Most of us make a Curriculum Vitae or CV. We need a CV when we apply for a job or when we apply for a competition or award. Some use the terms “Resume” or “Bio-Data”. But all these terms essentially mean the same.
In a CV, you tell who you are and what have you been doing in brief. Brevity is important. Today most prefer to prepare a one page version of the CV. A two page CV is perhaps the limit! People don’t have time.
There are exceptions, however. I came across a CV of a Researcher/Professor that had 60 pages! Most of the pages of the CV were used to list major publications, reports, books etc. Unless people read my list of publications, they wont know about my research contributions, he explained.
There are now several smart templates available for writing a CV. Some CVs sport a photograph. When I receive such CVs, I attempt to “read” the face. But there are surprises when you meet the applicant in person. Some prefer not to mention the gender because they don’t want any bias. Some don’t mention the date of birth in the CV as they are often uncomfortable and feel that this information is rather personal to share. Its some work then to “estimate” the age of the applicant based on qualifications and experience.
The first thing I like to read in the CV is section on “other interests” or “hobbies” or “extracurricular activities”. This information tells me about the other part of person’s life that is equally important. You generally find “standard” stuff like reading, listening to music, painting, swimming, trekking, cooking, dancing etc. I get excited when I see something more elaborated and a bit unusual stuff like watching owls in the night, paragliding in the hills, doing upcycling (i.e. making products out of waste) etc. CV that list Spanish and Chinese in the languages known also impresses me. Interest and ability to learn these languages tell so much about the personality.
My Professor friend does not accept typed or printed CVs. He insists that CVs submitted to him must be handwritten. According to him, handwriting tells a lot about the person. He may be absolutely right.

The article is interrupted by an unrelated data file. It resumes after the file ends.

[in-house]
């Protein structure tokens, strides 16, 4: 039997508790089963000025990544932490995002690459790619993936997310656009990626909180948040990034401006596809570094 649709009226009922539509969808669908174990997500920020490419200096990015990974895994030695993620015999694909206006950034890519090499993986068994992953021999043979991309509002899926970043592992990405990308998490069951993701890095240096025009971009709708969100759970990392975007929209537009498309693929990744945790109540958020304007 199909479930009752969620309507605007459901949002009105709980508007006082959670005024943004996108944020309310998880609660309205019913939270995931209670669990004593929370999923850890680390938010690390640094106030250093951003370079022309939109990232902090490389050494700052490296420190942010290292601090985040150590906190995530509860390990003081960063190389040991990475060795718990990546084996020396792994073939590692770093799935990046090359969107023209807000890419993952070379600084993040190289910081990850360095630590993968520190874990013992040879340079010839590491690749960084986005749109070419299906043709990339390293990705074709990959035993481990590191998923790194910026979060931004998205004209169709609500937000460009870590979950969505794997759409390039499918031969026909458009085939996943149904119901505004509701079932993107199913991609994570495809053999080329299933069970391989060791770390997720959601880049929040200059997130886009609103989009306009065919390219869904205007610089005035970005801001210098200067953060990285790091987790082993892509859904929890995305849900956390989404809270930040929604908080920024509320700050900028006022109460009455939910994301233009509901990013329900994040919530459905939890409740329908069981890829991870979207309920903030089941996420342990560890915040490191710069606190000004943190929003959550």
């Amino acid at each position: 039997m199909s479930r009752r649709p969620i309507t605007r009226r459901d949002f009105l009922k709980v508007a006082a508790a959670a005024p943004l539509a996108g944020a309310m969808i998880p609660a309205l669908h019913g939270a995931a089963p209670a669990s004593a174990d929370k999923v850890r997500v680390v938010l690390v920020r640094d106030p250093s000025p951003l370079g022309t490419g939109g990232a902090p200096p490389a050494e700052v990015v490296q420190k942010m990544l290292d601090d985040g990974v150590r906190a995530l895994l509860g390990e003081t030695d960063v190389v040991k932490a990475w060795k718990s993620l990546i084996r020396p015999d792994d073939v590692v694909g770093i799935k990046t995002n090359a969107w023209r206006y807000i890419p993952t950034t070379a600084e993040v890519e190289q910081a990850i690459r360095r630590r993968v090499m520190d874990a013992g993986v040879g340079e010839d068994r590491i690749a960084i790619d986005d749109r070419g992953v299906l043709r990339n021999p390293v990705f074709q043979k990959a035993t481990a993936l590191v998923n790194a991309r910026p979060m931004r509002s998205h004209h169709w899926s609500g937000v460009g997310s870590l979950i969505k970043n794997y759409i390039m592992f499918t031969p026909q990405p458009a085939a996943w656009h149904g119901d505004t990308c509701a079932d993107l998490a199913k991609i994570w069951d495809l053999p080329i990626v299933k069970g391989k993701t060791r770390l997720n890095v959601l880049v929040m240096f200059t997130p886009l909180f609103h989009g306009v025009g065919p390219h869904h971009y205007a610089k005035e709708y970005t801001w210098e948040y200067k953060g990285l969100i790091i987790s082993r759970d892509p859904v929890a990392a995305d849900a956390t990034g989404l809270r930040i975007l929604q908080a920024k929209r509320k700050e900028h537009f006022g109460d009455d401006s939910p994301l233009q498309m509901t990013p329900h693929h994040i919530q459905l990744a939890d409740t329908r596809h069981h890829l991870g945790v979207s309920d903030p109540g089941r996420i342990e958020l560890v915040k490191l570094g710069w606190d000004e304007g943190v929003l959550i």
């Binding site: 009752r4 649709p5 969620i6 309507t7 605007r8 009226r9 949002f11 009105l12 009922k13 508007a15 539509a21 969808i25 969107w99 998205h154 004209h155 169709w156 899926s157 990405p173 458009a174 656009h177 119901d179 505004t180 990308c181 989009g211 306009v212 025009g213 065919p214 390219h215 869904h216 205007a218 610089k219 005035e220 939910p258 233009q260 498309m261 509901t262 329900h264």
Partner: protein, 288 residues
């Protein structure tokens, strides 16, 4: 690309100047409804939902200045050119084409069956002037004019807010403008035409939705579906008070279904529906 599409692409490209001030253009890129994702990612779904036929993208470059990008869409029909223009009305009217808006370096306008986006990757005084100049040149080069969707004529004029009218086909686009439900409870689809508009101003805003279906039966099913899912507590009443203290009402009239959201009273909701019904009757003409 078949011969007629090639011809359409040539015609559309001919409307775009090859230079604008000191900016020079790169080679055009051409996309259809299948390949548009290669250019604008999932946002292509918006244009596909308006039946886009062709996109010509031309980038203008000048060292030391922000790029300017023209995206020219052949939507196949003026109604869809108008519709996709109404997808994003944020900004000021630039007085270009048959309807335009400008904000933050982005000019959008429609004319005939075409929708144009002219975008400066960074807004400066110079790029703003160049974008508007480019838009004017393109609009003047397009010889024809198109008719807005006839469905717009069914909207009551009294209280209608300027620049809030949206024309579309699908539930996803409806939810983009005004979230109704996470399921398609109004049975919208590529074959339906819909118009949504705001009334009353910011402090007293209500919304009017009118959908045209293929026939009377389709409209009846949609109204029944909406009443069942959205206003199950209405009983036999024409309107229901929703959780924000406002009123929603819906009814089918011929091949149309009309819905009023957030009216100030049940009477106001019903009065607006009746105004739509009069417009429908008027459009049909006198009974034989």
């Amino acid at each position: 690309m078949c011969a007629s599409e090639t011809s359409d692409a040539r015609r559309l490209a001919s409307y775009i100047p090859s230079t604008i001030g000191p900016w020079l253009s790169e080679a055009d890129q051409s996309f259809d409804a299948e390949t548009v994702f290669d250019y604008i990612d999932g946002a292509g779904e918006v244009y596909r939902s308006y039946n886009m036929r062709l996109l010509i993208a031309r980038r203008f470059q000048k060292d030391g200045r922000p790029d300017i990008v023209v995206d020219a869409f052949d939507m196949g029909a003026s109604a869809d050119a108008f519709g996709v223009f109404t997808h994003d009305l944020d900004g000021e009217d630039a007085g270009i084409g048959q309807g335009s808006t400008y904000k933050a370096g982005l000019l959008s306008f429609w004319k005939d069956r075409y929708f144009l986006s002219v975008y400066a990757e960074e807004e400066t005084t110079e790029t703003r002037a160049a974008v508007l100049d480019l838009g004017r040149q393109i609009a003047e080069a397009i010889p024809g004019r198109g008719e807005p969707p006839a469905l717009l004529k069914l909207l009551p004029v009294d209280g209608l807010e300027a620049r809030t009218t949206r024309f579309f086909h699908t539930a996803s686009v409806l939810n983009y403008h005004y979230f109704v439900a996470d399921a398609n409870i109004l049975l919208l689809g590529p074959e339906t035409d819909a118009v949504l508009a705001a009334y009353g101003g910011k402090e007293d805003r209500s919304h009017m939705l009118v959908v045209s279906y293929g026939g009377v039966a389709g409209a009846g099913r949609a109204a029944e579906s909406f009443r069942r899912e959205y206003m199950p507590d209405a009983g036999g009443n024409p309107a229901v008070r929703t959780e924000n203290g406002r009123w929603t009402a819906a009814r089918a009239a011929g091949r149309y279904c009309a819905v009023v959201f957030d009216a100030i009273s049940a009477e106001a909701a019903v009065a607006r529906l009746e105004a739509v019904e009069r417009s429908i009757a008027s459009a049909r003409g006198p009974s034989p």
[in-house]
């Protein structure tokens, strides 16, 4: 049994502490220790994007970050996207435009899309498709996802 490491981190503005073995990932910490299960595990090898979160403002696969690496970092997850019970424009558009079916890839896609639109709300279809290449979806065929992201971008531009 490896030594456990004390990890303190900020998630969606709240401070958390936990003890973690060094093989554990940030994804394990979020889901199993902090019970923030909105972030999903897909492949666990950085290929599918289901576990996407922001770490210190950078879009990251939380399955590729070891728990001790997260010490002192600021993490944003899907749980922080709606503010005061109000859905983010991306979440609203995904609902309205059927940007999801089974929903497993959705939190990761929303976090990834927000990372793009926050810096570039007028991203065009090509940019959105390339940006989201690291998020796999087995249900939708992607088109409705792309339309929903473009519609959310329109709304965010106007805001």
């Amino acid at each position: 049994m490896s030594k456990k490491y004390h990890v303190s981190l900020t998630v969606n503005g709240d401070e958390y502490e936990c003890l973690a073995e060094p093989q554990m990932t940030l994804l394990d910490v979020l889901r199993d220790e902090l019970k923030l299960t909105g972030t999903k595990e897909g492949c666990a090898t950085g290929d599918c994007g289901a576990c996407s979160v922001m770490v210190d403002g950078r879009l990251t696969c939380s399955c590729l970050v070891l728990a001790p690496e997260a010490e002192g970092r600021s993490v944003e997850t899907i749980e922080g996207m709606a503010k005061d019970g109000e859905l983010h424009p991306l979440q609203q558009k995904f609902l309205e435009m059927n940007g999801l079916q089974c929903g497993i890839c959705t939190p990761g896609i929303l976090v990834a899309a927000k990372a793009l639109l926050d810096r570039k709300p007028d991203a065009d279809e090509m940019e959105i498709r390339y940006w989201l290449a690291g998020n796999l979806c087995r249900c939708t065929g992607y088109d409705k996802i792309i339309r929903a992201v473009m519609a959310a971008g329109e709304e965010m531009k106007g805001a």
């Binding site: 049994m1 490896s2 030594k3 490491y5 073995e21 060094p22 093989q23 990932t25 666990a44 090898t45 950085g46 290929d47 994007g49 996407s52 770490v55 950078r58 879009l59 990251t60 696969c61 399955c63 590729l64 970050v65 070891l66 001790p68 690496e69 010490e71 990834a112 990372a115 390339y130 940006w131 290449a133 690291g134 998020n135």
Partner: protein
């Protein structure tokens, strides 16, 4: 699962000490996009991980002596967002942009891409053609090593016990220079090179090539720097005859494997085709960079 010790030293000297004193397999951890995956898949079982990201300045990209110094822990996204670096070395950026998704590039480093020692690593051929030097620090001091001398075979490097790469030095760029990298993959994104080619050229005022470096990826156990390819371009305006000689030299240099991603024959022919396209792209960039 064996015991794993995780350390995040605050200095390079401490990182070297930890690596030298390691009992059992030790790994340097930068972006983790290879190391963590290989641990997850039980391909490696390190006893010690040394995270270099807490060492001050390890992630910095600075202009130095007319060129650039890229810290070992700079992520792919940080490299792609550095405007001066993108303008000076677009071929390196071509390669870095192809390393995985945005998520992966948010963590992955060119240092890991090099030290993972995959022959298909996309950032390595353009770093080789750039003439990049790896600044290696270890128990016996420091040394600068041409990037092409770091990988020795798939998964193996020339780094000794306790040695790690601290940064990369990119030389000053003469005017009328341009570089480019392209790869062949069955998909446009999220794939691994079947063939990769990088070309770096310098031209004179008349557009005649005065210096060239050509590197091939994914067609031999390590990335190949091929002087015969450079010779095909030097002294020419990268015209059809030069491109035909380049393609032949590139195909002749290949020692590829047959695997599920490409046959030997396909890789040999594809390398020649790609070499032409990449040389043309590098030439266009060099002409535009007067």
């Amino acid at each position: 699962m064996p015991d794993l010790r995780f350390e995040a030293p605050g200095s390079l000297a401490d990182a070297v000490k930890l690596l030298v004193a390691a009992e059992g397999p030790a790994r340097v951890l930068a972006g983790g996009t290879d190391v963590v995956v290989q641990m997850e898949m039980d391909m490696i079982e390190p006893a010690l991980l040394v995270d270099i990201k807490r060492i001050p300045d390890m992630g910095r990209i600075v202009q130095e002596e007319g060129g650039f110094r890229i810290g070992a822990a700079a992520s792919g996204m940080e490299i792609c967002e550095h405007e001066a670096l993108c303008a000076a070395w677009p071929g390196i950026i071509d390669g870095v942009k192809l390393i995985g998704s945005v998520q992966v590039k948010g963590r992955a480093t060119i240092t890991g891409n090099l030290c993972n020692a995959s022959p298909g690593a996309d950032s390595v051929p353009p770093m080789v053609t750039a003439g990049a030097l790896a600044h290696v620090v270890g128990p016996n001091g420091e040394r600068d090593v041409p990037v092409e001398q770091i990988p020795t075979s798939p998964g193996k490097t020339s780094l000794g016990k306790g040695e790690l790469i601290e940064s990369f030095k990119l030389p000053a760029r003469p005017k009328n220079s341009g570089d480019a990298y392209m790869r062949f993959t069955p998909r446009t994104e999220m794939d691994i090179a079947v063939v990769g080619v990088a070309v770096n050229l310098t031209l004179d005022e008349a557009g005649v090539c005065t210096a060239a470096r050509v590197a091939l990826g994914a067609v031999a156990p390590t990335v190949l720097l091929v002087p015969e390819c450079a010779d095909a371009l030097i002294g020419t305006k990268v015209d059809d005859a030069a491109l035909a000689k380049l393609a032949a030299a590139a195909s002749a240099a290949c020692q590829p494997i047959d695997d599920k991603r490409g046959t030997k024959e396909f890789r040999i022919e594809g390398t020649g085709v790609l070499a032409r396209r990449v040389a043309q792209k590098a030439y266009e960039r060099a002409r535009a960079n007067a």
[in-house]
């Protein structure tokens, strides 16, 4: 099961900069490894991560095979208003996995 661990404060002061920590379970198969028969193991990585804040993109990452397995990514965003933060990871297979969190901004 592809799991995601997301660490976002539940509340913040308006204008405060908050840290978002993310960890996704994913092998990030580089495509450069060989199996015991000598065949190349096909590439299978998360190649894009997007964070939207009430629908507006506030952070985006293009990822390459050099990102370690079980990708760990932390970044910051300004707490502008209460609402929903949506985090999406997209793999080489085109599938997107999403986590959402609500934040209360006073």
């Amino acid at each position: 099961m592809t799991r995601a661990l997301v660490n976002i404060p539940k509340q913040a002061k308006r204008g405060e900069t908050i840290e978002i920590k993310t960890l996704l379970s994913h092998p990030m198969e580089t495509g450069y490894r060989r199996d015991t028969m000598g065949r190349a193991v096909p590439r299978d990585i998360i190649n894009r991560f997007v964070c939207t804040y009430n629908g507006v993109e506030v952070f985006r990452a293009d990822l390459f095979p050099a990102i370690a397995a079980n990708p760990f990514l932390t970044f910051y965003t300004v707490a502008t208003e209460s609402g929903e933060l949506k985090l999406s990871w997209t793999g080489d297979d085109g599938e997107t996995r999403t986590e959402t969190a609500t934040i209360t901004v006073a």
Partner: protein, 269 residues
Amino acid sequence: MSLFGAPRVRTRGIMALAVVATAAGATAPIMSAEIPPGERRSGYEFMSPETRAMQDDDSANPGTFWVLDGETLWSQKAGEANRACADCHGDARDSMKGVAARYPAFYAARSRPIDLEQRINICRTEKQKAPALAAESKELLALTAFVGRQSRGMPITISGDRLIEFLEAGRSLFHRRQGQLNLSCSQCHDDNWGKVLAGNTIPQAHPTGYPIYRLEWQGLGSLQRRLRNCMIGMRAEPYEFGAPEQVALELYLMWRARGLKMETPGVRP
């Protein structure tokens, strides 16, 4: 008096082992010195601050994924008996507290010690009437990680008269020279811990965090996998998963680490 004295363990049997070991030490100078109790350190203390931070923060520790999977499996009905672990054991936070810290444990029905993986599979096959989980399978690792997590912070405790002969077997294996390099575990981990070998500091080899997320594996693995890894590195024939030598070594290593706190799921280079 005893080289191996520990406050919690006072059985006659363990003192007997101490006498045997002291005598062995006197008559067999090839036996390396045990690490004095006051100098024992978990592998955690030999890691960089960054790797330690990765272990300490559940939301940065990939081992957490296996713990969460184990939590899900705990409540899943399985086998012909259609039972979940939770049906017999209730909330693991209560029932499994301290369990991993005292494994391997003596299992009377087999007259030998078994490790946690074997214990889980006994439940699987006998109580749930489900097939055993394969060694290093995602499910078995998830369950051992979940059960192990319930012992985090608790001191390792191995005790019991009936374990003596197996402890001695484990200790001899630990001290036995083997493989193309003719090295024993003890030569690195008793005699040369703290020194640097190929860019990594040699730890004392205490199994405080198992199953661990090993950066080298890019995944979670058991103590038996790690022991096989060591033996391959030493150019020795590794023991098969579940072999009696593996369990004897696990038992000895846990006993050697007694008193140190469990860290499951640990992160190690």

Of course, CVs glitter when they state qualifications from Ivy League universities and institutes of IIT type. When stated with GPA’s above 3.8 or Honors or with a top Rank or medal, the story becomes outstanding and compelling. I however get worried when I receive CVs that shine – as I question whether this person will gel well with my team and whether this person will stay long enough with my organization? And whether he or she will be affordable to us?
Most in the early age and looking for job or for a better change, make significant efforts to “dress up” the CV. Apart from technical details such as qualifications and experience, they list voluntary work (e.g. teaching children in the slums) and work done in honorary capacities (e.g. member of the sustainability committee of a chamber of commerce). It is often difficult to know however how much of this voluntary and honorary work is done in seriousness or is it only a “fluff”.
Apparently, CVs are now scanned using Artificial Intelligence and these algorithms look for the right “keywords”. Some buzz words like sustainability, circular economy, resource efficiency thus get into many “environmental CVs”. There are consultants who provide services on charge to make your CV – customize your CV for the job you are looking for.